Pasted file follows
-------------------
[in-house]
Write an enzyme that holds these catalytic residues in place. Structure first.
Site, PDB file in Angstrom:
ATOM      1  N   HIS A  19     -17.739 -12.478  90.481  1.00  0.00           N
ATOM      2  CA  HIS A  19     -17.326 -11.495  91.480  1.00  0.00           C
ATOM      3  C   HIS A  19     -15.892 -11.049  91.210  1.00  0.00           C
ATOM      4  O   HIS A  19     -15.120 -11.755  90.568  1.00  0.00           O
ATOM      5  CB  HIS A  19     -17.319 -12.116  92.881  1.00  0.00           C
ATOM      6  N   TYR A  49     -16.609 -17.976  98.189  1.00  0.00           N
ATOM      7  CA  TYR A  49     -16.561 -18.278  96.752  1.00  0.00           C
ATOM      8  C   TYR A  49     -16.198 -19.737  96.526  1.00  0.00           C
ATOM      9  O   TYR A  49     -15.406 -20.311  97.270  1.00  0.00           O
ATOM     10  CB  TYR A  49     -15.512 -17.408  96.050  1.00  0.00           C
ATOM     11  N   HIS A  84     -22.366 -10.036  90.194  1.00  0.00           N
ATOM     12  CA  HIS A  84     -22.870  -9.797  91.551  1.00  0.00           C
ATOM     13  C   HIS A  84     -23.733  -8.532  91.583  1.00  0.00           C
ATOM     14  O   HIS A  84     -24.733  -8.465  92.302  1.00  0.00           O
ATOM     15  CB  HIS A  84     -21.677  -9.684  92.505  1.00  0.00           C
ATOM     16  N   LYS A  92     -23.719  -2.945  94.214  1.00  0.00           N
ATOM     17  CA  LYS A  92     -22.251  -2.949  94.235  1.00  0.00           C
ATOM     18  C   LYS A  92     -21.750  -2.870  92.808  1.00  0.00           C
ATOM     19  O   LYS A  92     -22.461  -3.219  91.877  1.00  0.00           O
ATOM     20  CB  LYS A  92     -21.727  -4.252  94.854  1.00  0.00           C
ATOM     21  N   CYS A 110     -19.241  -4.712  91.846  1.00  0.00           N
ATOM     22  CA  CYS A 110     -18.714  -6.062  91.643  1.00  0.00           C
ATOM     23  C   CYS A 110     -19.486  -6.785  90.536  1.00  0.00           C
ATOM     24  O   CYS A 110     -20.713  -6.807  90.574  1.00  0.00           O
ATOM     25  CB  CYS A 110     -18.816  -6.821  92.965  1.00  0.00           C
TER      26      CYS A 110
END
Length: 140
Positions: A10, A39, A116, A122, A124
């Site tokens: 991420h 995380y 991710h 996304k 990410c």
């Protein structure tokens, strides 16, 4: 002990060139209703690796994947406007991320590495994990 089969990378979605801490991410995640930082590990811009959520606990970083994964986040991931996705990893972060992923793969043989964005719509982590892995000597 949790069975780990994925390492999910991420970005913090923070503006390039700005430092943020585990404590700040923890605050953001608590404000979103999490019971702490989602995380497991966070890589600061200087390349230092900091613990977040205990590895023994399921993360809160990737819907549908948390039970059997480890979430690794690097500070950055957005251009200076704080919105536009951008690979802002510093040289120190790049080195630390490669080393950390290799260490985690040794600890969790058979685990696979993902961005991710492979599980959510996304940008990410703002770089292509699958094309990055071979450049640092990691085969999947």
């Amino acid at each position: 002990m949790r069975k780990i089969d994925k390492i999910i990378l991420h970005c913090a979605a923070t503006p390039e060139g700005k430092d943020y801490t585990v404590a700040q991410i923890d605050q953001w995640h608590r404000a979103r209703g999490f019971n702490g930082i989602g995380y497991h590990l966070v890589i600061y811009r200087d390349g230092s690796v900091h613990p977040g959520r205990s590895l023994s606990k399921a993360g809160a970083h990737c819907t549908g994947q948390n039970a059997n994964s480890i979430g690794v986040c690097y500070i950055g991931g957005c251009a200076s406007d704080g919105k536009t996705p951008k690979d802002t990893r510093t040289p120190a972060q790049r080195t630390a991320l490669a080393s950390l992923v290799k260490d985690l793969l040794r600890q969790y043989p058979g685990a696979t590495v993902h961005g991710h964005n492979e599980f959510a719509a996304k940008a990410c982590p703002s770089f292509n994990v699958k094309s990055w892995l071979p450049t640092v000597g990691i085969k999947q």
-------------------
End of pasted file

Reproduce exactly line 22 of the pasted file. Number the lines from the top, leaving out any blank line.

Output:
ATOM     19  O   LYS A  92     -22.461  -3.219  91.877  1.00  0.00           O